- Heather Dinich, ESPN Staff Writer
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WASHINGTON, D.C. -- A four-team playoff for college football has been formally approved by a presidential oversight committee, a dramatic change for the sport that will begin in 2014 and continue through the 2025 season. The four teams will be chosen by a selection committee, the semifinals will be held at current bowl sites and the national championship game will be awarded to the highest bidder.
The 11 conference commissioners watched on Tuesday afternoon as Notre Dame athletic director Jack Swarbrick presented their proposal to a board of 12 university presidents at the Dupont Circle Hotel. In less than three hours, the group agreed upon a postseason that college football fans have been clamoring for years.
The group of presidents also endorsed a rotation of the semifinal games among six bowl sites and a rotation of the championship game among neutral sites. The semifinals either will be played on New Year's Eve or New Year's Day, and the national title game will be played on "Championship Monday," the first Monday in January that is six or more days after the final semifinal game is played.
"A four-team playoff doesn't go too far; it goes just the right amount," said Virginia Tech president Charles Sterger, chair of the presidential oversight committee. "We are very pleased with this arrangement even though some issues … remain to be finalized."
There will be three contract bowls -- the Champions Bowl, which is a partnership between the Big 12 and SEC, the Rose Bowl, which has a longstanding tradition between the Big Ten and Pac 12, and a bowl to be determined for the ACC, which is likely to continue its partnership with the Orange Bowl.
"In terms of our contract bowl, and our New Year's Day tie-in, we expect to have an announcement on that jointly in the very near future," Swofford said.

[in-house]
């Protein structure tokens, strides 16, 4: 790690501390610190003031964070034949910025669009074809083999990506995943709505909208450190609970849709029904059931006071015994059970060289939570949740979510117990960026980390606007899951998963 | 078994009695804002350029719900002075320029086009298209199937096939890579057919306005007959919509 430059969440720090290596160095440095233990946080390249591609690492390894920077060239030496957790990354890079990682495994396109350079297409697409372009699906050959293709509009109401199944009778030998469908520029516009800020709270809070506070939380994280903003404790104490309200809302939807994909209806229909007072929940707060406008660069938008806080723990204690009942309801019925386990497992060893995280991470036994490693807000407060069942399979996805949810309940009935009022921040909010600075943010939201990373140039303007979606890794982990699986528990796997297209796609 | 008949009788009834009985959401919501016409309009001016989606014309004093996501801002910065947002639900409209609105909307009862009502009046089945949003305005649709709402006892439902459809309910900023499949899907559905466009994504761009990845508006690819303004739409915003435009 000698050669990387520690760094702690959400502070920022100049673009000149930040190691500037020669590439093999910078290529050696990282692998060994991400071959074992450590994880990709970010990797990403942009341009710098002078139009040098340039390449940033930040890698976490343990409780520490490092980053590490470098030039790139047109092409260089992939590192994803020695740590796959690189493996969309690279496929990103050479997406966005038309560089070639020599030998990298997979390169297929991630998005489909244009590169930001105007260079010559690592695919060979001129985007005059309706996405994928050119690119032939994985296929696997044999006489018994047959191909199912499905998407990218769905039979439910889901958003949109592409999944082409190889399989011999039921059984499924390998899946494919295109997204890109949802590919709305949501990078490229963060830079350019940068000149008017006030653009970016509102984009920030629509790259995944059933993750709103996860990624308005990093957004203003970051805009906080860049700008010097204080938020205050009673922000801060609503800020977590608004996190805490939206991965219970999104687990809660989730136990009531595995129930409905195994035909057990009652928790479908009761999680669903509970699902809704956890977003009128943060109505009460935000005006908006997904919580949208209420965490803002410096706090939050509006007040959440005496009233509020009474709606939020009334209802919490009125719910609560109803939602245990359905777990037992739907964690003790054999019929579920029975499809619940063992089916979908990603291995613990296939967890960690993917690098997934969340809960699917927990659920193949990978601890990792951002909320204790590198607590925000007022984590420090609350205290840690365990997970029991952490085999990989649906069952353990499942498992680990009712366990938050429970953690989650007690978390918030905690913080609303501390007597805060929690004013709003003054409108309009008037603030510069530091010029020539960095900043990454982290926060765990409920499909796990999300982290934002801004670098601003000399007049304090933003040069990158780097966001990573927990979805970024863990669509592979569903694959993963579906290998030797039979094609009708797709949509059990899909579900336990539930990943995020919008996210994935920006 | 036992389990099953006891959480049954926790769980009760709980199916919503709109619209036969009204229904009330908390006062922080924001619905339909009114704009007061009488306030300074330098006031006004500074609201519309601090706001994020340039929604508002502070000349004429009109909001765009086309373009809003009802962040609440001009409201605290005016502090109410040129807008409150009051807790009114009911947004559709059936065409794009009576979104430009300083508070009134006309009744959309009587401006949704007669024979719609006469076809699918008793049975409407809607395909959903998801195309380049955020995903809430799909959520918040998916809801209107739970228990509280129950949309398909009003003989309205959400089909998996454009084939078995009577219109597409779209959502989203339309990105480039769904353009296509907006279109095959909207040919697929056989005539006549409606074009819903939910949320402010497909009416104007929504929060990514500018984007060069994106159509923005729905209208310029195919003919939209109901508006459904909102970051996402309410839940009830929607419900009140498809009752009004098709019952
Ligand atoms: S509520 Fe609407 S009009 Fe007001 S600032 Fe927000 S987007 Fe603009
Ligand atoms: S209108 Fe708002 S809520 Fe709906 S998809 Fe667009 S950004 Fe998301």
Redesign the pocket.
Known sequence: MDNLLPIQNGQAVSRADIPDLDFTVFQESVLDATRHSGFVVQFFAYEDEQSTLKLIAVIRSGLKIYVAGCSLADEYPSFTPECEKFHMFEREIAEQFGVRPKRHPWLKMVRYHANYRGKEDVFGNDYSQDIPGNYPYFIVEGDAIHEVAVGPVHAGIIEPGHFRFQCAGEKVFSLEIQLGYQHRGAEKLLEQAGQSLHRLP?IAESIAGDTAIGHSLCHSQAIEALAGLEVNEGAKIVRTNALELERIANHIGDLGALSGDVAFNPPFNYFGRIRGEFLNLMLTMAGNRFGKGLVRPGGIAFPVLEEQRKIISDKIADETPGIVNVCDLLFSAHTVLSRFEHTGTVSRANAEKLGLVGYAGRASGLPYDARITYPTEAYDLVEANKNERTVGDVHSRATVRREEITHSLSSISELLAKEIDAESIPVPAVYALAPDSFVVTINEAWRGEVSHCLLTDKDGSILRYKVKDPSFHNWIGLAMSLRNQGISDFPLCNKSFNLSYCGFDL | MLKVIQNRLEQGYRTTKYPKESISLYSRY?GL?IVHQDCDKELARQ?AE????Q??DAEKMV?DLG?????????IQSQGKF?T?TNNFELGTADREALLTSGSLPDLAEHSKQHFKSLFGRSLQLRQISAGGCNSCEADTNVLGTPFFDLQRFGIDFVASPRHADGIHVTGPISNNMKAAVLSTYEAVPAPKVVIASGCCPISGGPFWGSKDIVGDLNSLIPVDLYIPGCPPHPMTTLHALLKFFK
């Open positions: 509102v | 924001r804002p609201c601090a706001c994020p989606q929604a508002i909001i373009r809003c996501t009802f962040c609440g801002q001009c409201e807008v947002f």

The three other bowls, called "access bowls," have yet to be determined, but the decision will force the Sugar Bowl and Fiesta Bowl to become bidders.
Tuesday's decision possibly could squeeze the Big East out of the postseason, as its champion is no longer guaranteed a spot in one of the six major bowls. The "automatic qualifiers" label also will disappear in the new system and those programs will have no guaranteed access to the new structure. Big 12 commissioner Bob Bowlsby called it an "open marketplace for all schools."
Also not involved in the automatic postseason picture is the Mountain West Conference, which did not receive a waiver to automatically qualify for the next two years.
Football Bowl Association executive director Wright Waters said in a statement: "Today is the beginning of an exciting time in the future of college football and we are committed to continuing the rich tradition of the bowls."
The championship game will be managed by the conferences and will not be branded as a bowl game. The presidents also announced the creation of a selection committee that will rank the teams to play in the playoff, "giving all the teams an equal opportunity to participate." The committee will consider win-loss record, strength of schedule, head-to-head results and whether a team is a conference champion.
The two main topics that still need further discussion are how teams will be selected and how revenue will be distributed. The commissioners have agreed in principle as to how the revenue will be divided, according to Big Ten commissioner Jim Delany, but that has not been made public yet. The commissioners also still need to decide a name for the playoff.
The decision is subject to passage of appropriate legislation by the NCAA Board of Directors to permit the two semifinal winners to play an additional postseason game.
ACC commissioner John Swofford called it "a milestone" for college football.
"The access for conferences throughout the FBS is going to be better in this system than the current system," he said. "That's an important part of this. But you have to play your way in. That's a plus."
ESPN college football reporter Joe Schad contributed to this report.